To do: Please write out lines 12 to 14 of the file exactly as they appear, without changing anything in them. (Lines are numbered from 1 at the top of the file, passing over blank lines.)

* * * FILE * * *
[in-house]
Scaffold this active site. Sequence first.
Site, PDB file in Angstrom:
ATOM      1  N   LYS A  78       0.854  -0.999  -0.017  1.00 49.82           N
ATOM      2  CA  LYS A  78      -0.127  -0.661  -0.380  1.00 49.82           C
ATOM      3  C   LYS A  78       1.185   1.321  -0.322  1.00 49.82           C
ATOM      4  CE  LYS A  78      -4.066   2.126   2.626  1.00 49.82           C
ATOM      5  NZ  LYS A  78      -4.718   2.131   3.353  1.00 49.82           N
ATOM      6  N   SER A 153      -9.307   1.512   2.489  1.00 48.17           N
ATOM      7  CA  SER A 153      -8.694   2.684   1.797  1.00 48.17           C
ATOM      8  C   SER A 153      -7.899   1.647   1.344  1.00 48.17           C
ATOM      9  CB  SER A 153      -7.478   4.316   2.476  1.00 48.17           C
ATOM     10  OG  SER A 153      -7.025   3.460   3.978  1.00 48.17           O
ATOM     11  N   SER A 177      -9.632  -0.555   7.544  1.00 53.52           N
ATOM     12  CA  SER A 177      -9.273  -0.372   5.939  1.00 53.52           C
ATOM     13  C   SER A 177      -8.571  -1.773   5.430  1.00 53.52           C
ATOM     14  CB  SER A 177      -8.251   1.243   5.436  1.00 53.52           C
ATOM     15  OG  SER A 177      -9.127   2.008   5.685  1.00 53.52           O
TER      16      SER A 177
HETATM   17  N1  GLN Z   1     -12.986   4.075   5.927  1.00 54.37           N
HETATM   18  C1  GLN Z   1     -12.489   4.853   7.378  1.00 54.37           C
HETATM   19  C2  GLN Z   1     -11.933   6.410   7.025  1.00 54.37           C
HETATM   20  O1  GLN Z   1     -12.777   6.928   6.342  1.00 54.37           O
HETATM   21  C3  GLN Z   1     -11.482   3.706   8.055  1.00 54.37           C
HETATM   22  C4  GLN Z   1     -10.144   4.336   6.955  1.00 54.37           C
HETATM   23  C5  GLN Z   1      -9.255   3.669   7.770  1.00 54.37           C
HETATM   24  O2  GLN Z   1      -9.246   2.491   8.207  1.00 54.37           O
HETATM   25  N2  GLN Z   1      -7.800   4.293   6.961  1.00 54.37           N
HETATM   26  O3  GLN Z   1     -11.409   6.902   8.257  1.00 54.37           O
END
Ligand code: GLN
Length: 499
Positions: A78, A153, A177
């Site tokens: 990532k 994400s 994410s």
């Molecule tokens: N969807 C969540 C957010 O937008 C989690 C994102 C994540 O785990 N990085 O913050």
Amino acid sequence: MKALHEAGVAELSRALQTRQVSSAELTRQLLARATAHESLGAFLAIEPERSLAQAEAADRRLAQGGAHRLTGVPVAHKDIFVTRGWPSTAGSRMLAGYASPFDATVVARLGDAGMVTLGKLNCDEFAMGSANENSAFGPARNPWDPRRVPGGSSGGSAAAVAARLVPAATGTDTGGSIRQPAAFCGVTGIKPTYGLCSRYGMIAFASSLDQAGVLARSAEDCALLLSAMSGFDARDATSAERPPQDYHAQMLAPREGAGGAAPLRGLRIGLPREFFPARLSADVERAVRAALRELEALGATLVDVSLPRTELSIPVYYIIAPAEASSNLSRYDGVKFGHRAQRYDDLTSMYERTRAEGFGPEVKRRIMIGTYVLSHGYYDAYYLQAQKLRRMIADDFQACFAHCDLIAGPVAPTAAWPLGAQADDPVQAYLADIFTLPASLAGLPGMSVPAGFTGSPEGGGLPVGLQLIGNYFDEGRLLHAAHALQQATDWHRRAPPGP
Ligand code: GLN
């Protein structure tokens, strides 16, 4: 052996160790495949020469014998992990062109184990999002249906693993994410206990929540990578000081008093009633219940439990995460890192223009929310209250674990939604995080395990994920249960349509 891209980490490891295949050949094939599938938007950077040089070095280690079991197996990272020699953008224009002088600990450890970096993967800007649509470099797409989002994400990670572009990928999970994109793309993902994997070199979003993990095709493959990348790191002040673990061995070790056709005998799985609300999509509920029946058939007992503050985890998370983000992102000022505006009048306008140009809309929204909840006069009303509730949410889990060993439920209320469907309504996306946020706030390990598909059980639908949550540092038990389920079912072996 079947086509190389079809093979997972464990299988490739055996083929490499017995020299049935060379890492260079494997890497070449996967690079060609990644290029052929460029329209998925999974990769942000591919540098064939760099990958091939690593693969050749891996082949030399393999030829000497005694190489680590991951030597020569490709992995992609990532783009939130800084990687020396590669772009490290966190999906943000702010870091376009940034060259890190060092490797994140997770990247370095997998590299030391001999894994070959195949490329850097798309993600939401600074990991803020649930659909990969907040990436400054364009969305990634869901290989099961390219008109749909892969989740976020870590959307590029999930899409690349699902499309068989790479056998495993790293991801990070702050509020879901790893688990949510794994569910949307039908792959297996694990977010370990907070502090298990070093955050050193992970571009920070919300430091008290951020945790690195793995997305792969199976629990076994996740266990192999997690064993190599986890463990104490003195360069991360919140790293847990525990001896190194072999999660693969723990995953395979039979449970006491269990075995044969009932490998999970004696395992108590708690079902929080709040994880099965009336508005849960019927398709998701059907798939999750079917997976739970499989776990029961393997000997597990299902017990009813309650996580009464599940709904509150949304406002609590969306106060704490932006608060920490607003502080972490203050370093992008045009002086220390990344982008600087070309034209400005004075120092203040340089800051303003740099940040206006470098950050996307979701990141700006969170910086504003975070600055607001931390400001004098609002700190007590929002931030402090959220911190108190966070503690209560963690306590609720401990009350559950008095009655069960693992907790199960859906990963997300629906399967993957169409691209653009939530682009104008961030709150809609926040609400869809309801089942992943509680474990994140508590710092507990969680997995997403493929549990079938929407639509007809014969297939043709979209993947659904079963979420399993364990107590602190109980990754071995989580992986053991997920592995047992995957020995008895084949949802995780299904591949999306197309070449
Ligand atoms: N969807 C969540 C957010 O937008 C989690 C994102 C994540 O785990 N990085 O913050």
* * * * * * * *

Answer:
ATOM      9  CB  SER A 153      -7.478   4.316   2.476  1.00 48.17           C
ATOM     10  OG  SER A 153      -7.025   3.460   3.978  1.00 48.17           O
ATOM     11  N   SER A 177      -9.632  -0.555   7.544  1.00 53.52           N